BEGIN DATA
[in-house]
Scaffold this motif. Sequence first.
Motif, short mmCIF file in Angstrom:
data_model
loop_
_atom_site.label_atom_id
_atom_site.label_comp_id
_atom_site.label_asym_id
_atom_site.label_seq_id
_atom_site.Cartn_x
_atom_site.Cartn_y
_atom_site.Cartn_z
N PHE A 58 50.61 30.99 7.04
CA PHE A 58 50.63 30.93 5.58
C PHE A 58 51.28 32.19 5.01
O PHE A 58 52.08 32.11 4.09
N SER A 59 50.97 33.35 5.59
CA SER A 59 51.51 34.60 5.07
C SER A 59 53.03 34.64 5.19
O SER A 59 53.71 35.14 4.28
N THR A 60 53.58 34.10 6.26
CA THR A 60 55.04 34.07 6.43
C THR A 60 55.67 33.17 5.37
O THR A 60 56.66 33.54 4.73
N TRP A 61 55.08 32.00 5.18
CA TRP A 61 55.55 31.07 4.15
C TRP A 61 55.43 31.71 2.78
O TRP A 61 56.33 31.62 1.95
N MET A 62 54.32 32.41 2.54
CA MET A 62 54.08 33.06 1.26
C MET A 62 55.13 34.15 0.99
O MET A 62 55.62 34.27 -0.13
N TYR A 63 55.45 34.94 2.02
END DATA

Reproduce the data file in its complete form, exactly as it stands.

[in-house]
Scaffold this motif. Sequence first.
Motif, short mmCIF file in Angstrom:
data_model
loop_
_atom_site.label_atom_id
_atom_site.label_comp_id
_atom_site.label_asym_id
_atom_site.label_seq_id
_atom_site.Cartn_x
_atom_site.Cartn_y
_atom_site.Cartn_z
N PHE A 58 50.61 30.99 7.04
CA PHE A 58 50.63 30.93 5.58
C PHE A 58 51.28 32.19 5.01
O PHE A 58 52.08 32.11 4.09
N SER A 59 50.97 33.35 5.59
CA SER A 59 51.51 34.60 5.07
C SER A 59 53.03 34.64 5.19
O SER A 59 53.71 35.14 4.28
N THR A 60 53.58 34.10 6.26
CA THR A 60 55.04 34.07 6.43
C THR A 60 55.67 33.17 5.37
O THR A 60 56.66 33.54 4.73
N TRP A 61 55.08 32.00 5.18
CA TRP A 61 55.55 31.07 4.15
C TRP A 61 55.43 31.71 2.78
O TRP A 61 56.33 31.62 1.95
N MET A 62 54.32 32.41 2.54
CA MET A 62 54.08 33.06 1.26
C MET A 62 55.13 34.15 0.99
O MET A 62 55.62 34.27 -0.13
N TYR A 63 55.45 34.94 2.02